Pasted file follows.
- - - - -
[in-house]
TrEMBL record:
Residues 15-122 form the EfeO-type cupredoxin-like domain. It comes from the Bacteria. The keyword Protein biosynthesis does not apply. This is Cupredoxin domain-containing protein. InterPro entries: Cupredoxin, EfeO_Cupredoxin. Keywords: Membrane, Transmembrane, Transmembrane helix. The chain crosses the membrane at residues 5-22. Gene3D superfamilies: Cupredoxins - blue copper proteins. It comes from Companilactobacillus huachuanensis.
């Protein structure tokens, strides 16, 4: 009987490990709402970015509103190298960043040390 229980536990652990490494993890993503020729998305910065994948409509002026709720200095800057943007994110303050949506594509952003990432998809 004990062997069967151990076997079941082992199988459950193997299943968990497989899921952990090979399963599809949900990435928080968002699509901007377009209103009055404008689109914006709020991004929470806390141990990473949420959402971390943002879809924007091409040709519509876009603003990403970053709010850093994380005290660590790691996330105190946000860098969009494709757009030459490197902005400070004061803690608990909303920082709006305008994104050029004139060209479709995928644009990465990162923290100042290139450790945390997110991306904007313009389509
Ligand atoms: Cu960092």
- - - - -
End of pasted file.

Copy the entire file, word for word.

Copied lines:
[in-house]
TrEMBL record:
Residues 15-122 form the EfeO-type cupredoxin-like domain. It comes from the Bacteria. The keyword Protein biosynthesis does not apply. This is Cupredoxin domain-containing protein. InterPro entries: Cupredoxin, EfeO_Cupredoxin. Keywords: Membrane, Transmembrane, Transmembrane helix. The chain crosses the membrane at residues 5-22. Gene3D superfamilies: Cupredoxins - blue copper proteins. It comes from Companilactobacillus huachuanensis.
């Protein structure tokens, strides 16, 4: 009987490990709402970015509103190298960043040390 229980536990652990490494993890993503020729998305910065994948409509002026709720200095800057943007994110303050949506594509952003990432998809 004990062997069967151990076997079941082992199988459950193997299943968990497989899921952990090979399963599809949900990435928080968002699509901007377009209103009055404008689109914006709020991004929470806390141990990473949420959402971390943002879809924007091409040709519509876009603003990403970053709010850093994380005290660590790691996330105190946000860098969009494709757009030459490197902005400070004061803690608990909303920082709006305008994104050029004139060209479709995928644009990465990162923290100042290139450790945390997110991306904007313009389509
Ligand atoms: Cu960092």